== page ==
“For every one of those referrals that we save, we’re giving the administrator an opportunity to work on something else and work with teachers to improve instruction. Plus, we’re saving at least 10 minutes of seat time for that student” adds Tebbenkamp. For every referral, the student involved is brought to the administrator’s office, therefore missing class time because of a school bus incident.
Bus connectivity is also turning out to play a role in attracting and retaining good bus drivers, which has become critical as the country experiences a shortage of CDL drivers across all forms of commercial transportation. From the SmartBus pilot, Raytown has received very positive feedback from even the most skeptical of drivers, who’ve discovered that there’s no extra work required of them, everything operates automatically, the system is extremely user friendly, and students are quieter and better behaved.
“We’re constantly looking for drivers, and drivers talk to each other. If Raytown can get the reputation of supporting drivers and having equipment that supports them, we can attract good drivers and retain more of them.”
Kevin Easley, Director of Transportation, Raytown School District
When it came time for Tebbenkamp and Easley to present their findings to the school board, the results spoke for themselves. After sharing the capabilities and showing the benefits, they say it did not take much to convince board members that bus connectivity is good for the students and good for the school district. Tebbenkamp notes that even in the midst of other budget cuts, the board made sure funds were approved
for the SmartBus program; the data was that powerful.
As for the parents and students, the feedback has been equally positive. Although the district is still in the process of rolling out SmartBus fleet-wide, the capabilities that bus connectivity promises are in hot demand by parents. In addition to helping close the Homework Gap and improving the ratio of positive calls home, components like GPS route tracking and live video are seen as key security features that will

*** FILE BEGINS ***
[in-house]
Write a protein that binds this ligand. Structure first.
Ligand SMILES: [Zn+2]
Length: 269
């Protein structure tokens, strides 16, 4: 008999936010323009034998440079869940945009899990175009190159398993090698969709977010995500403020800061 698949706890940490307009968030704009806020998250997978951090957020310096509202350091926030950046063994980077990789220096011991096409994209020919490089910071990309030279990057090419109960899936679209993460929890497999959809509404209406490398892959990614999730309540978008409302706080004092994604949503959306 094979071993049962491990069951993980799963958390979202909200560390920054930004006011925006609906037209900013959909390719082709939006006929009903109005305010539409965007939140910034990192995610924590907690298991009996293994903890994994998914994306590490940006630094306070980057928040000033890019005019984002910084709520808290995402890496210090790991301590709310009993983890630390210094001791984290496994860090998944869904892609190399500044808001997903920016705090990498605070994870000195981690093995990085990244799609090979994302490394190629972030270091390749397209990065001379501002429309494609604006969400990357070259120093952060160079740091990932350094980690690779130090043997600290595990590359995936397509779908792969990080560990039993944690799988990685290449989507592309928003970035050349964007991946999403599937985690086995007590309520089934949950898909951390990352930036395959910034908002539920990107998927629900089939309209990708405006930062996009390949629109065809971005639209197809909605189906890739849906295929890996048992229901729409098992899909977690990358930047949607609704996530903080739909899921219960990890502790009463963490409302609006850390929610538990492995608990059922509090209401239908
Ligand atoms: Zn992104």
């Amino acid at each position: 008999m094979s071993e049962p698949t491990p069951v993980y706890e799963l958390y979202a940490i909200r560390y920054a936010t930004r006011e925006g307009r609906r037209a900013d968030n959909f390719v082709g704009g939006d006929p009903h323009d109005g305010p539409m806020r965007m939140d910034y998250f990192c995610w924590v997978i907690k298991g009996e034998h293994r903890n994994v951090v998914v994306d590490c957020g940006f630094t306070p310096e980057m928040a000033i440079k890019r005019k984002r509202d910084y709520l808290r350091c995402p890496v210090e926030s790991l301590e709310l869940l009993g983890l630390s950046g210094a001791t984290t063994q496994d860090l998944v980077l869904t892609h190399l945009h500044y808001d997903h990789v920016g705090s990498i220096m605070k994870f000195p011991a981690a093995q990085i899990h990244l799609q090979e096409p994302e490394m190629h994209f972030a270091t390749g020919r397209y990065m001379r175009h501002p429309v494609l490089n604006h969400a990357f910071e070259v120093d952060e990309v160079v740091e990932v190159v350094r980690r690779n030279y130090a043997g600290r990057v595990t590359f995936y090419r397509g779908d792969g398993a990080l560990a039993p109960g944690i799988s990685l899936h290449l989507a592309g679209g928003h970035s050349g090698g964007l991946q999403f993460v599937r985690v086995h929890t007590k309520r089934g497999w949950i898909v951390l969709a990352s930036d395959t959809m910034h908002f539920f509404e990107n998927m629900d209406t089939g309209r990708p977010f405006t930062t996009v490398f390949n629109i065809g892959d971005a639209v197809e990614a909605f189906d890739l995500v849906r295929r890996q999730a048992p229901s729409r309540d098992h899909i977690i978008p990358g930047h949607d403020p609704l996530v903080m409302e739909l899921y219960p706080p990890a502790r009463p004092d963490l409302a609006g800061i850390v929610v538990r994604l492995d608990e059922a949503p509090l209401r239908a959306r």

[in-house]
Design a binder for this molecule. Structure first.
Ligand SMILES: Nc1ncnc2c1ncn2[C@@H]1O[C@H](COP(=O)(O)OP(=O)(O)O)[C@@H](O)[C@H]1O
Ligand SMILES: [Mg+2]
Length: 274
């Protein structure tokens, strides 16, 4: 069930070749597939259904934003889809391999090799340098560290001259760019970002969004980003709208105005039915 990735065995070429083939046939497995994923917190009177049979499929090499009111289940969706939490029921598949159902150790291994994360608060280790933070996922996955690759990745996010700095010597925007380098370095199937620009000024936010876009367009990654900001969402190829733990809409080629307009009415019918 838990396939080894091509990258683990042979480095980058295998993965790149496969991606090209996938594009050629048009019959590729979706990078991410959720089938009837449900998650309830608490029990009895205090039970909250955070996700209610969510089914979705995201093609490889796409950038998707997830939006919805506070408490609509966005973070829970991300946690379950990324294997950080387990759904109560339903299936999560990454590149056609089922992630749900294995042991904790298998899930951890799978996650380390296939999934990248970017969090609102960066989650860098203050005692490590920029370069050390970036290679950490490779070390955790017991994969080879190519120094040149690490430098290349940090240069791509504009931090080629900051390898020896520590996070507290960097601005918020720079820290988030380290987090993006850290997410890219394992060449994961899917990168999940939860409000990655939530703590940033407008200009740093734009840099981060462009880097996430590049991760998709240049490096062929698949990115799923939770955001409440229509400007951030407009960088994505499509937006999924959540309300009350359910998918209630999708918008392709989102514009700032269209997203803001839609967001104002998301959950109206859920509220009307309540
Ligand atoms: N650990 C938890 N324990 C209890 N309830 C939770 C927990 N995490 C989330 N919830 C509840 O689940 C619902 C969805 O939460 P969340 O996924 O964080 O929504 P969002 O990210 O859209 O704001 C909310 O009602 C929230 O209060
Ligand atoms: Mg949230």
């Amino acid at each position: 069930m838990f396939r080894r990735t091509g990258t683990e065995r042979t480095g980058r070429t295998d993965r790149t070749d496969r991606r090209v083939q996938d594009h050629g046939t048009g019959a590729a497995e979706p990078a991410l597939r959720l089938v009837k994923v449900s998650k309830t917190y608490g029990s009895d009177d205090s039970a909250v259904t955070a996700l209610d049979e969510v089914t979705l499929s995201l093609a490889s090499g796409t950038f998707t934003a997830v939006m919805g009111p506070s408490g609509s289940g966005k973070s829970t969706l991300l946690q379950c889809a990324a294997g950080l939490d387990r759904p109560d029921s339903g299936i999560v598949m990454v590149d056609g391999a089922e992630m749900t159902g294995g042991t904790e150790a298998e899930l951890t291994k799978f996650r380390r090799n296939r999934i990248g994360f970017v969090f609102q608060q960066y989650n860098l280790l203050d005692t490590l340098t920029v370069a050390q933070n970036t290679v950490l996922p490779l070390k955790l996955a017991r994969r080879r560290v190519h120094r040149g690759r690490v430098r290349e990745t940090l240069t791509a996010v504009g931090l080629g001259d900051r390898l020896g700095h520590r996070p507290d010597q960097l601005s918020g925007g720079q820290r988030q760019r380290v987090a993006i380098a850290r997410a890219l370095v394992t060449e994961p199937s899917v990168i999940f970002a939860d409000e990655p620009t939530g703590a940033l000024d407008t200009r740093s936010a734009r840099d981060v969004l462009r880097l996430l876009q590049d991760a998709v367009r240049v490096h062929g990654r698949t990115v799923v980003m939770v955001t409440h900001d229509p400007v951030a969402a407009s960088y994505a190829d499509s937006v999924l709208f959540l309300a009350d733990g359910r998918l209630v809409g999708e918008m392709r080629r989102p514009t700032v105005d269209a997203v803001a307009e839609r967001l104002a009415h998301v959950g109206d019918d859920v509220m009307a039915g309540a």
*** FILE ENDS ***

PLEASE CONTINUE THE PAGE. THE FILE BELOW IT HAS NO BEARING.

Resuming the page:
give parents increased peace of mind about the safety and whereabouts of their children.
The students, meanwhile, love having Wi-Fi on board, and once they’ve experienced it they do not want to go back. It’s even enticed some kids who hadn’t previously been bus riders to want to start taking the bus to school — another factor that can help improve safety, considering that the NHTSA (National Highway Traffic Safety Administration) has found that students are much safer traveling to and from school by bus than by car.
Easley notes that Raytown’s heaviest usage of bus Wi-Fi is by middle school kids on their morning commute. Because he gets a report of the sites they’re visiting, he can see the blocked ones they’re trying to access and knows that the filtering means he doesn’t have to worry about them visiting sites they shouldn’t. By filling this connectivity gap, he adds, Raytown is helping its students learn how to use the computer responsibly at an early age.
Looking ahead, Easley sees a number of benefits in terms of day-to-day operations of the fleet. With 23 new hires this year, driver retention will continue to be a key priority, and anything that makes the driver experience a positive one is a plus. Additionally, features like GPS tracking and the ability to run reports will allow him to head off risky driver behaviors, such as abrupt braking, hard turns, and speeding, which can lead to accidents or costly mechanical problems.
“My vision is once you get Wi-Fi on the bus, you’ve taken out the limitations on most things,” he says.
That’s certainly how it feels for the students who’ve had the opportunity to use their daily commute time more productively.
“If you think about the bus ride, it bookends your school day. If you can start and end your school day on a positive note, that will improve your overall perception of school. It can only have a positive impact.
Melissa Tebbenkamp, Director of Instructional Technology, Raytown School District